Use Sustainability Mandates And Investments To Drive Supply Chain Innovation
The obligation to comply with supply chain regulations from the EU Supply Chain Act to a draft of US supply chain due diligence laws is spurring firms to rethink sourcing, supply chain, manufacturing policies, and supporting applications. In addition, the US and the EU alone are currently spending $1.4 trillion on environmental sustainability and climate adaptation. There’s also $17.5 billion in VC funding for green tech, and the global market for green financial instruments is $658 billion. These regulatory and investment initiatives provide your firm with opportunities to reassess your supply chain to focus on enhancing sustainability of critical processes such as monitoring supplier labor practices and diversifying supplier geographical risk. Position your firm for successful supply chain sustainability transformation by:
- Prioritizing regulatory compliance. You must adapt to escalating regulation and rationing. Manufacturers should consider platforms like Makersite or Exiger to ingest data from millions of sources to illuminate risk and cost-reduction opportunities across multiple tiers of suppliers, components, and/or raw materials.
- Balancing the environmental impact of emerging technologies. Many tech leaders are eager to apply emerging technologies (e.g., edge computing, IoT automation, blockchain, and 3D printing). to advance supply chain transformation and achieve environmental sustainability goals. These emerging technologies can aid in the observability of new data, increase resource and process efficiencies, and help reduce carbon emissions. Investment in software-defined microfactories will increase 20% this year to reduce environmental impact, meet regional needs, nurture local supply chains, and slash time to market. However, be sure to evaluate the necessary computing power and scale of implementing these technologies to ensure their benefits can offset the size of their carbon footprints and volume of waste.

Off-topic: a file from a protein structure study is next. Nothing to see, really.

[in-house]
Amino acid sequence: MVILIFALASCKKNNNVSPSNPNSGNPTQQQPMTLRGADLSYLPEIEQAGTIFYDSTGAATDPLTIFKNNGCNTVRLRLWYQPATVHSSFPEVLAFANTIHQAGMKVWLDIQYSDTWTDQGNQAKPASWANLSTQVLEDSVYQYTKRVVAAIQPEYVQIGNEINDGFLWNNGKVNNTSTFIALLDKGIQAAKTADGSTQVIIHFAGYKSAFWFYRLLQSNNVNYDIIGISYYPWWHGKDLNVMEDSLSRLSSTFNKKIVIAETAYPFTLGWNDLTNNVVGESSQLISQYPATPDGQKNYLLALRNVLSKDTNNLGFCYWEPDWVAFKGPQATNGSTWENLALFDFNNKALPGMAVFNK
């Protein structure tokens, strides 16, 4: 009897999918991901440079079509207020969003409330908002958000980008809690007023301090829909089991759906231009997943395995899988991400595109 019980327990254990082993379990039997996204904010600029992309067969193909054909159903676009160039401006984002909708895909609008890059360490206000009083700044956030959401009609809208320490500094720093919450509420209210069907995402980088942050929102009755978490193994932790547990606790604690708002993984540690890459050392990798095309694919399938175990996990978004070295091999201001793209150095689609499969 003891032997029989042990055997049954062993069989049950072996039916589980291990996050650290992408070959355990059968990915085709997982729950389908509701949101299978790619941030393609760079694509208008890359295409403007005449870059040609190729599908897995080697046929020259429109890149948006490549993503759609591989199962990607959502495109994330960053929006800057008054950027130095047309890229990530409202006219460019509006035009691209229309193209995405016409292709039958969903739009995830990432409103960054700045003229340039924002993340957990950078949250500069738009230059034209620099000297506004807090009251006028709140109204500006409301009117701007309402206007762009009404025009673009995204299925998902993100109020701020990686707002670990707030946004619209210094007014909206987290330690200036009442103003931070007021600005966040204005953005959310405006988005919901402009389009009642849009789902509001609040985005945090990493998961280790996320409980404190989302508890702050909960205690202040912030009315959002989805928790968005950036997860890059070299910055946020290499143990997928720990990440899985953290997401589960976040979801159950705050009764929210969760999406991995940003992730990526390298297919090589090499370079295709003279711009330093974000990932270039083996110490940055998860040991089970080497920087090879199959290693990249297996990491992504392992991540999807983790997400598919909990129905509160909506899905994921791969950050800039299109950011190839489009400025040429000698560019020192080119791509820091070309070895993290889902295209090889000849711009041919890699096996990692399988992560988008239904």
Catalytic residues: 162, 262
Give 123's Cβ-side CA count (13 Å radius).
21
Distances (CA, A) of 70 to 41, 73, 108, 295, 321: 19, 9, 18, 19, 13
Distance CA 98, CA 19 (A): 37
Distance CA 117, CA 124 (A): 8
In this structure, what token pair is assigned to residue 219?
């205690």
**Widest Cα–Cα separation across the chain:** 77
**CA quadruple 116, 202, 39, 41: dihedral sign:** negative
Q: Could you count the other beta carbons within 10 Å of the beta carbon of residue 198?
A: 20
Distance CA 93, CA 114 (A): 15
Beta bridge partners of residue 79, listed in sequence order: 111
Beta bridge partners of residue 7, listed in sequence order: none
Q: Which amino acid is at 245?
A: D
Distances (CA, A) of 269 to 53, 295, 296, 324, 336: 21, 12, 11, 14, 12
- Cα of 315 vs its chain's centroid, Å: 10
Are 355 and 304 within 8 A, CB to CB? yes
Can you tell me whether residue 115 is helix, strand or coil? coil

- Rethinking data architecture. Complying with new regulations (e.g., around carbon accounting) demands competence in mixing the traditional rigor of data management in enterprise applications like DOP with more probabilistic data related to likely provenance or potential risk. Consider support for sustainability in solutions like Microsoft’s Supply Chain Platform or SAP’s sustainability control tower, or the ability of Green Tokens to amplify your own core enterprise applications.
- Redesigning the supply chain for rationing. Consider the role of platforms like Circular to help reuse materials and recycling to mitigate the shortage of rare earth minerals. At the same time, adapt your CX strategy to anticipate shortages, expect energy rationing, and consider the role of 3D printing in developing a low-carbon footprint supply network.
- Making the business case. Benefits from improved supply chain management differ by industry and even by company. From a sustainability perspective, ensure that you account for carbon footprint benefits including placing inventory in the network efficiently ahead of anticipated demand and close to customers to reduce carbon footprint. Other benefits include increased revenue and margin because of reduced stockouts or shorter lead times, accelerated inventory turnover, and reduced inventory carrying costs.
To successfully navigate this process, here are a few steps you can take:
1. If you are a Forrester client and want to learn more about this topic, please schedule an inquiry or guidance session with us.
George Lawrie, VP and Principal Analyst
Michele Pelino, Principal Analyst
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